Indian prog rockers, Rainburn, have taken on an ambitious project for their second ever release “Insignify,” tackling a concept that deals with “issues of existentialism, the significance of human life, narcissism, craving importance, insecurity, and the search for reason.”
Musically, while “classic prog” certainly fits, the album draws in elements from across the contemporary prog scene. Mainman Vats Iyengar’s versatile and engaging voice is ideal for this type of storytelling and there are catchy hooks galore across the album, from the refrain of “Merchant of Dreams” through the gentle harmonies of semi-ballad “Mirrors” to the riff-laden “Suicide Note.” The band can wig-out a bit too, as they prove towards the end of “Someone New” and “Elusive Light,” in the explosive choruses of the otherwise jazzy album closer “School of Atlantis.”
Here is an excellent album from the debutants on the progressive rock scene: a French group DID put out their debut full-length release entitled “Dissociative Identity Disorder” in November last year, a concept record which in the band’s own words tells “the story of a man.” DID, in its core, operates as a quartet featuring Regis Bravi on drums, Didier Thery on bass, Patric Jobard on acoustic and electric guitars, and Christophe Houssin on keyboards. They are joined by a number of guest vocalists who helped them to tell the story. These include Michael Sadler of Saga, Marco Glühmann of Sylvan, Oliver Philipps of Everon, Alan Szukics of Opium Baby, and Maggy Luyten (Ayreon, Nightmare).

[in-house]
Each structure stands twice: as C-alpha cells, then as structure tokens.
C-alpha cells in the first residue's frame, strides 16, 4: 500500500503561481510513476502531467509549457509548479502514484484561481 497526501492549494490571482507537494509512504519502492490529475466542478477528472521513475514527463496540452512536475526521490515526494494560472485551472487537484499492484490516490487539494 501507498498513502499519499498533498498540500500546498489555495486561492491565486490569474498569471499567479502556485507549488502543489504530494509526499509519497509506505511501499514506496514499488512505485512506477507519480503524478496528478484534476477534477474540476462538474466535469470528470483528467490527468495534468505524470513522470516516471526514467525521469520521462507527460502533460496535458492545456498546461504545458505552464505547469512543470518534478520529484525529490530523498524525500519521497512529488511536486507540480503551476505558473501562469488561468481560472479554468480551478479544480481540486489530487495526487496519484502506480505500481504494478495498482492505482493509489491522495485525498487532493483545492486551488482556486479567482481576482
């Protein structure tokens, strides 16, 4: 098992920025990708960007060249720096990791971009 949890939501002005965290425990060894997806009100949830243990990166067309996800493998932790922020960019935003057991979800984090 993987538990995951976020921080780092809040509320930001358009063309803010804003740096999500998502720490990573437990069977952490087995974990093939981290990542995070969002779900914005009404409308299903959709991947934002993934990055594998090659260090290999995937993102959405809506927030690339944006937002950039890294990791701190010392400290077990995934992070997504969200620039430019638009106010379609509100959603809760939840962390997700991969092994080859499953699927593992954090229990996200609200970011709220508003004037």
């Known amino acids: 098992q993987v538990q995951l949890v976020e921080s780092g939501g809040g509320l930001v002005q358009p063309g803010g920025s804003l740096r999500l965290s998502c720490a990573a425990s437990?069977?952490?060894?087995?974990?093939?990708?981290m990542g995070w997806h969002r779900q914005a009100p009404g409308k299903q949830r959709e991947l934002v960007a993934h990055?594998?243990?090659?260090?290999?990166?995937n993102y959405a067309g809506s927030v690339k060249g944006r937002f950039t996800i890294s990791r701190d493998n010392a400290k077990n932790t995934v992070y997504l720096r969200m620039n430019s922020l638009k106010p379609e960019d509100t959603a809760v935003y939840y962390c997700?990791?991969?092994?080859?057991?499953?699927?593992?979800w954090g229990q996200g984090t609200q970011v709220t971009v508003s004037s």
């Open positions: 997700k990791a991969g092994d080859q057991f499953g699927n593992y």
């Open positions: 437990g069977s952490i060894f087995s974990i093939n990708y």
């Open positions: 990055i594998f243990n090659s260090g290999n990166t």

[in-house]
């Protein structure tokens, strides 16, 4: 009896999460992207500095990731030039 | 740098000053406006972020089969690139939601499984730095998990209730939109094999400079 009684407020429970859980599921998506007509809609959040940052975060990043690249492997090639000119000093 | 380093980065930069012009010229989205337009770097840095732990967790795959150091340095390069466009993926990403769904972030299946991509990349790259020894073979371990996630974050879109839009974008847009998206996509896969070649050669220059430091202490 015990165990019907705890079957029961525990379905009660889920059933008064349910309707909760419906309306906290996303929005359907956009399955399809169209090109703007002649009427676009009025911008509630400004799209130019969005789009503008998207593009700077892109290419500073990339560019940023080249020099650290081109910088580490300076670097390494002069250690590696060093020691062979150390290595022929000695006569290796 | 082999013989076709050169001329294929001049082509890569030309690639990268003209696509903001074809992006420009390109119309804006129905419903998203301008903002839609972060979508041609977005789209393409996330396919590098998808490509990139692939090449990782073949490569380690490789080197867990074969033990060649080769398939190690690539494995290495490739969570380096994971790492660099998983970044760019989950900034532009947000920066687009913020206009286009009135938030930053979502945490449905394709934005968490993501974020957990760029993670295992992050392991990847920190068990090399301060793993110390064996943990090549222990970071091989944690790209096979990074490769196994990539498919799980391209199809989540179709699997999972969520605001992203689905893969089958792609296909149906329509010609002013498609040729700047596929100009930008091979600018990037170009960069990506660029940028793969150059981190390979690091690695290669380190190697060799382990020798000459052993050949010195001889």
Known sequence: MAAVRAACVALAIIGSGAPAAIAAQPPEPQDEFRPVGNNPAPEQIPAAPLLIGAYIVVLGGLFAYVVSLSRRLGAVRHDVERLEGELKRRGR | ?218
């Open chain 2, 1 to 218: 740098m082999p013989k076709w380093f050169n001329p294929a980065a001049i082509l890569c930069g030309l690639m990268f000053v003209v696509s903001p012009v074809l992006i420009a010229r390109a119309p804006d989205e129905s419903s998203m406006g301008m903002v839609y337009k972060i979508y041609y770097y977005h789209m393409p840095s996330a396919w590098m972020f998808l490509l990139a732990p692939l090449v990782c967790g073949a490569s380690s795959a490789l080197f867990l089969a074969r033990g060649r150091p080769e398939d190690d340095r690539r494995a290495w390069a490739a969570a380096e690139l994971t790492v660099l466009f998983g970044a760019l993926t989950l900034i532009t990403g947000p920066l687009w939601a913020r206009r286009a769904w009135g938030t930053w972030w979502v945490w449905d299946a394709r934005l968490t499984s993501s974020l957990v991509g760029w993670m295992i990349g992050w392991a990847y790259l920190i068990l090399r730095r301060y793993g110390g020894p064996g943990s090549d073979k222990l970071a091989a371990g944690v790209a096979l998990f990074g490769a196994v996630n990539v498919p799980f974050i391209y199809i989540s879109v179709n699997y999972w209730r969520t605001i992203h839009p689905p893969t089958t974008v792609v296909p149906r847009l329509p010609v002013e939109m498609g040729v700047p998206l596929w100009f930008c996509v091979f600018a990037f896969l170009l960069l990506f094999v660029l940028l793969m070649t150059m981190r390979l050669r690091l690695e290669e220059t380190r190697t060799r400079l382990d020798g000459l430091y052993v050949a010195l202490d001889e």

Allow me to truly begin by stating that many instrumental sections on “Dissociative Identity Disorder” are dazzling and intriguing and that the instrumental portion of the album is incredibly well-arranged. Talented solos and arrangements from the band members are easily the album’s highlights with tracks like “The Sun” and “Lock Up” presenting themselves as easy standouts.
The performances here are exceptional, both instrumentally and vocally, and sound natural despite the host of guests at band’s disposal. Diehard prog fans will relish the back-to-back synth solos.
With “Dissociative Identity Disorder,” DID has put attention on themselves as a group to look forward to within the progressive rock scene. While not necessarily groundbreaking, it’s exceptionally refined given how big its ambitions are, and it boasts some impressive production values. If nothing else, DID offer a work that balances instrumental and vocal performances more equally than on some of the releases of the similar orientation. It also manages to have just the right amount of camp and compelling drama, making it perhaps the most intriguing prog releases of 2018.